Smencils — $48
A bucket of Smencils, which are pencils scented like bubble gum, root beer, watermelon and other sugary smells that, when together in one bucket, remind me of a kindergarten birthday party gone bad. My son was supposed to sell them to raise money for the fifth grade class trip, but he’s not allowed to sell door-to-door, on the school bus or at school gatherings. In other words, anywhere where children congregate. And the only adults who would buy the stinky pencils are his grandmothers, because they’re suckers for a cute face. Meanwhile, I had to write a check for 50 bucks to the school so that $25 would be taken off our fee for the class trip. You do the math, because the school obviously didn’t.
Mother-Daughter Shawls — $25 for the pair or best offer
I knitted these myself, and then my 9-year-old daughter informed me she hates yellow. I’d post a photo, but it makes me sad to even think of it, let alone capture the image for my grandchildren to see how their mother broke my heart. $25 or best offer. I’ll throw in the homemade (blue, so I don’t understand the problem) scarf she didn’t wear all winter, too.
1,136 Matchbox Cars — $100, as is
They were in the toy box, the boys’ closets, in the couch cushions, under the fridge. I counted them all: 1,136 of them amassed over the years on birthdays, Christmas, Easter, Grandma visits, bribes. But ever since they discovered Mario Kart for the Wii, the Matchbox cars have been collecting dust. It’s a steal at 100 dollars, because really, I could have bought his-and-her massage chairs and a flat screen TV for the money spent on these stupid cars. Mostly in good condition, but I don’t feel like culling out the wheel-less cars or the ones with Bob the Builder stickers on their windshields, so you’ve got to take the entire set as is.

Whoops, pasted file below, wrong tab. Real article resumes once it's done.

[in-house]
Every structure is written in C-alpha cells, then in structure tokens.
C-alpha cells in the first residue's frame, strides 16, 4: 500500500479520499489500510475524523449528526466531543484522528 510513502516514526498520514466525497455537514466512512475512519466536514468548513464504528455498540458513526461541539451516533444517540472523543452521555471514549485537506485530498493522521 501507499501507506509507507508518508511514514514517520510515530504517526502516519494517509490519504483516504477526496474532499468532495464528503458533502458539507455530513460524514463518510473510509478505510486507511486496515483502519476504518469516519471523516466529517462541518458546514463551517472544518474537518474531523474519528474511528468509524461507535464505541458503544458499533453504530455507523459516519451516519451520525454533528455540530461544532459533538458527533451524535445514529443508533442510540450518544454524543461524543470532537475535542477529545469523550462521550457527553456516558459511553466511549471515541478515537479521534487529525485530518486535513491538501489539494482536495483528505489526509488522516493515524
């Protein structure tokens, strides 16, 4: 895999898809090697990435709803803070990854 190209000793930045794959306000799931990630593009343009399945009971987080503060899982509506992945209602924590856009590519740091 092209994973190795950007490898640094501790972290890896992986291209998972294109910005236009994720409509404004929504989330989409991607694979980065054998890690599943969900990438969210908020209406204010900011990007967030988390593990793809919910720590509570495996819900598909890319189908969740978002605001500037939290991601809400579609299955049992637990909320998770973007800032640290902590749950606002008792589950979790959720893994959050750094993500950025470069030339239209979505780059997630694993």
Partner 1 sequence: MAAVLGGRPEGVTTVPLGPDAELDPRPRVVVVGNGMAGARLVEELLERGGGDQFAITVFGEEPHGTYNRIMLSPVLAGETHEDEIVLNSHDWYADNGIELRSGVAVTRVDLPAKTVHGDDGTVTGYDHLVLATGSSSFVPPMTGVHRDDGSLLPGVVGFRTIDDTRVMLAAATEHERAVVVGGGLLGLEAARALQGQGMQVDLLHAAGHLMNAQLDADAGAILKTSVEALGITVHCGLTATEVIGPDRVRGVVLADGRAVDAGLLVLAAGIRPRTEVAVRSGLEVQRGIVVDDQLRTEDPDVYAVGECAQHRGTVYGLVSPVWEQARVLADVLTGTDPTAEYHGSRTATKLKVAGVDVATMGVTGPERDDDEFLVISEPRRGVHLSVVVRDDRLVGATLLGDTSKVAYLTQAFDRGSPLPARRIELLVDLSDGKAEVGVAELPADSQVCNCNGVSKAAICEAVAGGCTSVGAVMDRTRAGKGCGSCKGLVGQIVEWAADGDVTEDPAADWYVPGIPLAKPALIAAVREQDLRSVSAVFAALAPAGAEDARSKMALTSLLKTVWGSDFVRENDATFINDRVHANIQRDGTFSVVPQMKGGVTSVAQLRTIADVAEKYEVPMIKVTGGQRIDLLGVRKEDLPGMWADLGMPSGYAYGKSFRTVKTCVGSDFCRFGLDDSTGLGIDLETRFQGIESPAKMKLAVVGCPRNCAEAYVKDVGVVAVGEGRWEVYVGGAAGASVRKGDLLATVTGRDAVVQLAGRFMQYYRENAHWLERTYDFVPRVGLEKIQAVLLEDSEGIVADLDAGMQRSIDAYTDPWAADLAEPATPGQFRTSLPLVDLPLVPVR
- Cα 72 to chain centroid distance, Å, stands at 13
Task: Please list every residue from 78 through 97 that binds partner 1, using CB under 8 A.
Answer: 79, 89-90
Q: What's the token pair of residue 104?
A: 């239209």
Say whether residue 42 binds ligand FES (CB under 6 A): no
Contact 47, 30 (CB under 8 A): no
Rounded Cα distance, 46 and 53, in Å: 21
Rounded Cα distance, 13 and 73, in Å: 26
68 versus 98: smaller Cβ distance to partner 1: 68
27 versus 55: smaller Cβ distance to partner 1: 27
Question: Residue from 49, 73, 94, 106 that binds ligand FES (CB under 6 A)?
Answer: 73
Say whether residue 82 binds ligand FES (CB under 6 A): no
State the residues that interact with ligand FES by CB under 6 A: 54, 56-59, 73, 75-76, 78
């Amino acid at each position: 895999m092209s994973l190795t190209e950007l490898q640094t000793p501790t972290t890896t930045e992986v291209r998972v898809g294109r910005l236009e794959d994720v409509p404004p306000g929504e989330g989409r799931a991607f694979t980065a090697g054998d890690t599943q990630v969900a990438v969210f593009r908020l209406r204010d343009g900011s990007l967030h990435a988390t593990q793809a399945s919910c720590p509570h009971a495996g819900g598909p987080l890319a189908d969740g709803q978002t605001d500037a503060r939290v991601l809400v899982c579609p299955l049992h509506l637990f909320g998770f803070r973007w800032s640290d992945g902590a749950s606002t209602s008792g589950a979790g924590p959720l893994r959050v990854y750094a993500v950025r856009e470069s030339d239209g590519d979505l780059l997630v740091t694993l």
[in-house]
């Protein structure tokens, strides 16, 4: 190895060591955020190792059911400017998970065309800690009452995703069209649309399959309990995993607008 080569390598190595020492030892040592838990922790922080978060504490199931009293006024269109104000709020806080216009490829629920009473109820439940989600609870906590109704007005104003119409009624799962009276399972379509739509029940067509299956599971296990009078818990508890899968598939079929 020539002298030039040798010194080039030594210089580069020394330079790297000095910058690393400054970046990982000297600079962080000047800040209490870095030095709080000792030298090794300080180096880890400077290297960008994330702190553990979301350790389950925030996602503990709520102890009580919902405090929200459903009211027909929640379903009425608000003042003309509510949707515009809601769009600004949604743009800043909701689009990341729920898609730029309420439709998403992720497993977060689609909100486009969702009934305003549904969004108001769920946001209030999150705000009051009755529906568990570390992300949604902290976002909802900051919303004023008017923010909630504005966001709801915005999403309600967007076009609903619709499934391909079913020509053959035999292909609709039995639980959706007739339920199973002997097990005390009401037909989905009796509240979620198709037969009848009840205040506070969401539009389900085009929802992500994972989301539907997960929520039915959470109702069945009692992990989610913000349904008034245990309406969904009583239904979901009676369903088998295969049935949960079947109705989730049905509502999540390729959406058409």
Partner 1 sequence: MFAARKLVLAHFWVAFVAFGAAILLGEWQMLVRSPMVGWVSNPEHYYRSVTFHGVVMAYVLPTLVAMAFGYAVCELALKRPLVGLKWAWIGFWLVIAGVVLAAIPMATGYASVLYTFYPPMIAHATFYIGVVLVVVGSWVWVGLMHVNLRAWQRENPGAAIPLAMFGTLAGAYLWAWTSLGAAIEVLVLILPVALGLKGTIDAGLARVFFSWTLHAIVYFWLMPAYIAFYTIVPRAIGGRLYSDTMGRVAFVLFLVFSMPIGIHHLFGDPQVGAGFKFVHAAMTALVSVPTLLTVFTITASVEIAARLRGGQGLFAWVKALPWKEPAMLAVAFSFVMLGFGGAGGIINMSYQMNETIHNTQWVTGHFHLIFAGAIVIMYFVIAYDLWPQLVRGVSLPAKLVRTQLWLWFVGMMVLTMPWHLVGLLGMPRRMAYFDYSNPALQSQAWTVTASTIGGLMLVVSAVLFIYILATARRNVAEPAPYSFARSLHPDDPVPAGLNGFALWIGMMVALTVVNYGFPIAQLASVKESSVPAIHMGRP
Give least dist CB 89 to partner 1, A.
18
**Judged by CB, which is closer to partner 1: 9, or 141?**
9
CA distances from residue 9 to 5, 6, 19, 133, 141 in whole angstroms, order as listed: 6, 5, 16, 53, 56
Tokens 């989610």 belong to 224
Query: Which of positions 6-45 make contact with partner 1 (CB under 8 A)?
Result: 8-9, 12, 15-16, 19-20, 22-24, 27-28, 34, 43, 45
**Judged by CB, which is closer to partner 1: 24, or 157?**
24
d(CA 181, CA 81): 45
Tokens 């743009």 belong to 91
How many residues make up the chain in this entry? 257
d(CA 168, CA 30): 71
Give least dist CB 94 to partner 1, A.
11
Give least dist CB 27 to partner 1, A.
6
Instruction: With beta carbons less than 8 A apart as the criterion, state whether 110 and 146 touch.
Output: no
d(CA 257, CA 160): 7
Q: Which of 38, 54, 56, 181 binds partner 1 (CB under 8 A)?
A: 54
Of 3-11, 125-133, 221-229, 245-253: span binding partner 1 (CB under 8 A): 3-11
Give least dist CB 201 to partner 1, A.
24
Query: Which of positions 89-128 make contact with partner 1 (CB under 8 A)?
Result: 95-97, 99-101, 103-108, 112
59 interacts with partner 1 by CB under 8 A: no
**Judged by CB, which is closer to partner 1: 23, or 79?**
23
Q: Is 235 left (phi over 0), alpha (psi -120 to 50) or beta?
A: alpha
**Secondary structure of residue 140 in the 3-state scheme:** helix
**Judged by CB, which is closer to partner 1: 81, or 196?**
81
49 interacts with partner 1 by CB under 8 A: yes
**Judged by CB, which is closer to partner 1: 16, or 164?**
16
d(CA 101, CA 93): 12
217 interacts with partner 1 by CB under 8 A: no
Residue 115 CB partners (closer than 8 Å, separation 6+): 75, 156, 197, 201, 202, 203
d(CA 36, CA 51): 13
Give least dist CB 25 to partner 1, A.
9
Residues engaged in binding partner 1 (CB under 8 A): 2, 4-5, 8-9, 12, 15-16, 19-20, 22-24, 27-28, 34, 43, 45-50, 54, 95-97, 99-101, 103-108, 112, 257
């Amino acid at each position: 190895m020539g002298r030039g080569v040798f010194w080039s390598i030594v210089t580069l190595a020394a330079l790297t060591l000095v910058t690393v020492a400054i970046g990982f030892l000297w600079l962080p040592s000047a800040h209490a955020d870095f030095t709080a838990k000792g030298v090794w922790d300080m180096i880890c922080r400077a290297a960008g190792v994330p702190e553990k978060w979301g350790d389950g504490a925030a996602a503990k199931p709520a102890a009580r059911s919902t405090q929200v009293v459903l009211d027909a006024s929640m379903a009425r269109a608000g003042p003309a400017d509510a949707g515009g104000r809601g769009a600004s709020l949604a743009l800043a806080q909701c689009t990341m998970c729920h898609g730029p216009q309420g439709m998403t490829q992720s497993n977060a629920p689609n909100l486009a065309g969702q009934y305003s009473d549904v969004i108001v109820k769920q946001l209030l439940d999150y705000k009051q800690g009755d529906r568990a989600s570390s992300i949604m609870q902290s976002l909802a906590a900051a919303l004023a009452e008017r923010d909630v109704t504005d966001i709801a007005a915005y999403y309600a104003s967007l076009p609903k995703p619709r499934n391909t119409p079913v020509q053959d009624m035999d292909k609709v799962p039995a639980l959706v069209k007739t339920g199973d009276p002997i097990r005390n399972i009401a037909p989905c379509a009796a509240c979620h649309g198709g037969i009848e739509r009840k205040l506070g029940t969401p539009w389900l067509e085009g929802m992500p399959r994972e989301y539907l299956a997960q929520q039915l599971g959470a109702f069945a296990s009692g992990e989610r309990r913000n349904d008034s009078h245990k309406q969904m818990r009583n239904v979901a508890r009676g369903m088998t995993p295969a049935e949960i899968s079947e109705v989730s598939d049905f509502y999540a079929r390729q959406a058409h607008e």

7 Chef’s Hats — Fits Children Under 8 — $50
We planned the birthday party for last October– a chef’s theme, because my son wants to be a “cookerman” when he grows up. You know, like Wolfgang Puck, the Cookerman. We were going to make pizzas and decorate cakes. Fun, right?
I went out and found eight chef’s hats for the birthday boy and his friends. Then his buddy got the Swine Flu and had to un-RSVP. Next, the triplets from next door got sick. We were down to four kids. We’d move it to another weekend, except one kid had soccer and two had lacrosse and one was going to Fiji with his family. (Really? You’re paying to take a third grader to freakin’ Fiji?) Then Halloween, then Thanksgiving, then the holidays, and soon, we were out of weekends.
Anyhow, it pretty much had to be that weekend or my son would turn 9 before we could have his 8th birthday party. So we set up the pinata (a chili pepper) and the pizzas and the cakes, and then an hour before the party was to start — you guessed it — the birthday boy fell ill with the Swine Flu, too. We were going to give all the kids their hats and goody bags, but the logistics of getting the chef’s hats and the cheap plastic toy cookware to seven sets of parents was deemed futile . And once I caught the swine flu (of course), I didn’t care anymore. But on the bright side, the following weekend, we all beat the crap out of the pinata, and I gave out the candy on Halloween.